Re: [stella] Optimized color reduction approaches

Subject: Re: [stella] Optimized color reduction approaches
From: "Andrew Davie" <atari2600@xxxxxxxxxxxxx>
Date: Wed, 12 Feb 2003 20:07:32 +1100
> I think this is how the COLRVIEW technique as used with GR8 on the
> Atari8-bit.  Is that what you are trying to emulate?  It just like a 1-bit
> version of COLRVIEW.

It may be similar, though I am not specifically trying to emulate this.
I've been interested for a long time in ways of improving the colour
capability of '2600 bitmap screens - as far back as my PUSH demo in '98 or
'99 I was experimenting with time-based interlacing to give more colours

As with many things in technology, sometime it's simply the right TIME for
something to happen - and several people may independantly be working on the
same thing without knowing about each others' efforts. In this case, I was
attempting colour imagery with 6-sprite routines before I became aware of
the "high resolution bitmap" thread on AtariAge which asked if such a thing
were possible.   I contributed to that thread for a while, but am rather
annoyed at the moment with how it degenerated to a personal thing.

It's highly likely that I got some of my ideas from that thread - but bear
in mind that I was already thinking of techniques and discussing the same
with others.  My efforts did not flow as a direct attempt to copy the
techniques mentioned in those discussions - I just did what I thought might
work.  In particular, the separation to separate colour planes and the
stippled 2-colour reduction of each is probably something anyone tackling
the problem would eventually decide to do.

Likewise, the multiplexing/interlacing of the RGB lines isn't a particularly
tricky technique - just a few lines of code - and something just about
anyone would eventually try.  I don't claim to have invented the technique -
but nor do I admit to copying it.  Probably among the many bits of
information I picked up during my thinking about the problem lead to my
solution/technique.  It's rather pointless saying who invented it, or who
deserves credit.  Look, for example, at the recent "interlacing" triumph.
Many of us had a significant hand in the development of that technique.

Only one person ACTUALLY produced the first demo showing the technique.

> Another thing you might want to emulate is GED on the Atari8.  GED

And with my efforts to date, my interest in this technique is now completed.
I have *absolutely no* interest in the sort of GED techniques - and I'll
happily leave THAT challenge to Thomas :)


----- Original Message -----
From: "Glenn Saunders" <mos6507@xxxxxxxxxxx>
To: <stella@xxxxxxxxxxx>
Sent: Wednesday, February 12, 2003 6:17 PM
Subject: [stella] Optimized color reduction approaches

> At 05:06 PM 2/12/2003 +1100, you wrote:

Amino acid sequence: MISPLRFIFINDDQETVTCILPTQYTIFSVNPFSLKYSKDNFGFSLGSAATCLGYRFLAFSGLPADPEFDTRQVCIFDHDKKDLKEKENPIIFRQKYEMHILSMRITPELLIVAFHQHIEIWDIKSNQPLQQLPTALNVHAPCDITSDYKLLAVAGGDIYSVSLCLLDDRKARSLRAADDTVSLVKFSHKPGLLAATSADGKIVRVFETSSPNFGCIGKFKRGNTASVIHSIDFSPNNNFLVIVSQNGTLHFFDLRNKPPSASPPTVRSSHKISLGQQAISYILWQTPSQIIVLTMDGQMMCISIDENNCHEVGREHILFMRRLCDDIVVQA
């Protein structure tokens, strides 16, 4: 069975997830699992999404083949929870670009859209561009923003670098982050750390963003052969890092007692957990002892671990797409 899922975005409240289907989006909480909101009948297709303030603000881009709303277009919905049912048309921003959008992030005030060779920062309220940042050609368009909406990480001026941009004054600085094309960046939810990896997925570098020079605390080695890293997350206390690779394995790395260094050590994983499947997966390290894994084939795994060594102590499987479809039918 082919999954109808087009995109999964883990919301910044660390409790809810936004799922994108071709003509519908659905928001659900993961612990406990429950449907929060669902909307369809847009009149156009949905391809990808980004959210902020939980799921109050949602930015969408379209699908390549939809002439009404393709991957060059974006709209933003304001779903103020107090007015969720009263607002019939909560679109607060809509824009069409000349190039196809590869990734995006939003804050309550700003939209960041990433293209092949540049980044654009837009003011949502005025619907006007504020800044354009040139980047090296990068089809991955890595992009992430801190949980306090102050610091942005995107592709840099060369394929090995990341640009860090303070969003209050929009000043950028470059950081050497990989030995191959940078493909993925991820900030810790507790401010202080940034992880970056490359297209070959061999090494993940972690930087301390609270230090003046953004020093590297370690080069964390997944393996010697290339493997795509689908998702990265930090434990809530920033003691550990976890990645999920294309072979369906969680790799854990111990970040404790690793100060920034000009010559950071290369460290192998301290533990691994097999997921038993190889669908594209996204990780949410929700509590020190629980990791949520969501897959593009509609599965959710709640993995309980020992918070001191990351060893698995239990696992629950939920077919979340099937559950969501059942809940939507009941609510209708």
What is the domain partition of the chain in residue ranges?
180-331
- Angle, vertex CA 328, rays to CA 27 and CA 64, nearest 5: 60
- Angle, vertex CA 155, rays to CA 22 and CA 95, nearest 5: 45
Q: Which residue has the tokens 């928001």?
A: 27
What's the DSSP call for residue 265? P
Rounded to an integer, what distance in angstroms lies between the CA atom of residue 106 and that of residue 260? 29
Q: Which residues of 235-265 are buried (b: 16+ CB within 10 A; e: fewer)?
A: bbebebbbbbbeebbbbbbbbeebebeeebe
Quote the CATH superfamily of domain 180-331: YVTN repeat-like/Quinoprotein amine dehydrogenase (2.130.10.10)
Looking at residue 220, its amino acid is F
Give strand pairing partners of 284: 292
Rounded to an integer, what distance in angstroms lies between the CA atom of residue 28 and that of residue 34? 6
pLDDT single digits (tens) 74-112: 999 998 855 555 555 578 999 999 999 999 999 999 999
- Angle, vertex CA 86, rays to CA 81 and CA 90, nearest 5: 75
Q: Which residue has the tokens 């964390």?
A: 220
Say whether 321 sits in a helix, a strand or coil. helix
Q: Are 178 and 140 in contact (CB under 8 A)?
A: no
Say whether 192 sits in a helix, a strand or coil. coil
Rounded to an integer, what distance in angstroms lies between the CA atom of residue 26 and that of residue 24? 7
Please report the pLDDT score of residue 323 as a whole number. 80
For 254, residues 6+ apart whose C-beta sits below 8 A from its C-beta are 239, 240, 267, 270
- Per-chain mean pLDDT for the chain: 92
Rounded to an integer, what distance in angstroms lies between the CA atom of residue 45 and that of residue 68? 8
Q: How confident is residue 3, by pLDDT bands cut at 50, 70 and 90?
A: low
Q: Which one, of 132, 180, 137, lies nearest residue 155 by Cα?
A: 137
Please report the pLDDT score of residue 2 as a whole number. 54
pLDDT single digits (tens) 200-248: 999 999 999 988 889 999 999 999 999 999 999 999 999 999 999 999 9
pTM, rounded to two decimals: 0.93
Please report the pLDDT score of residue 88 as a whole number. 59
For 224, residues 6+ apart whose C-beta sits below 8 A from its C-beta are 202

> > > Looks great.  I really like to weird look of the very wide pixels.
> > > interlacing looks nice and really reduces the flicker.  It just kinda
> >shimmers.
> >
> >It's not actually interlaced - at least, it's not an interlaced TV frame.
> I knew something didn't look quite right about it ;)
> >It's kind of double-interlaced in that each individual scanline
> >alternatively displays RGB, GBR, BRG... and the lines are out-of-synch
> >each other, so consecutive lines display RGBRGBRGB etc....  That is,
> >one line is displaying the red values for that line, the next line is
> >displaying it's green values, and the one after that displaying blue
> I think this is how the COLRVIEW technique as used with GR8 on the
> Atari8-bit.  Is that what you are trying to emulate?  It just like a 1-bit
> version of COLRVIEW.
> Another thing you might want to emulate is GED on the Atari8.  GED
> blocking out zones of color on the horizontal and doing color register
> changes in mid screen almost like HAM on the Amiga, but obviously you can
> only change registers a few times.  On the Atari you might only be able to
> change it once or twice per line.  But this tends to work well for cartoon
> style artwork where you might have one character on one end that is mostly
> blue, let's say, and the other character on the right being mostly
> red.  They could both use the same playfield color register if you changed
> it in mid screen over black.
> The other thing you should do is come up with a routine that will optimize
> the RGB triad.  Like let's say the top part of the screen was generally
> darker than the rest.  Instead of relying on dithering alone (over black
> which is rather flickery to begin with) you could reduce the luminance of
> the red green and blue frames.  And if the top of the screen is, let's
> a sky, you could optimize the RGB triad to be 3 shades of blue instead of
> G and B.  And as the sky gets generally lighter or darker, you can adjust
> the 3 shades of blue to approximate this and try to minimize the
> This approach wouldn't work well unless the image naturally had zones
> each zone strip had a somewhat dominant, monochromatic color scheme.  I'd
> really like to see a landscape like a beach scene or something using this
> method, or a photo of a real sunset rather than the usual Activision one
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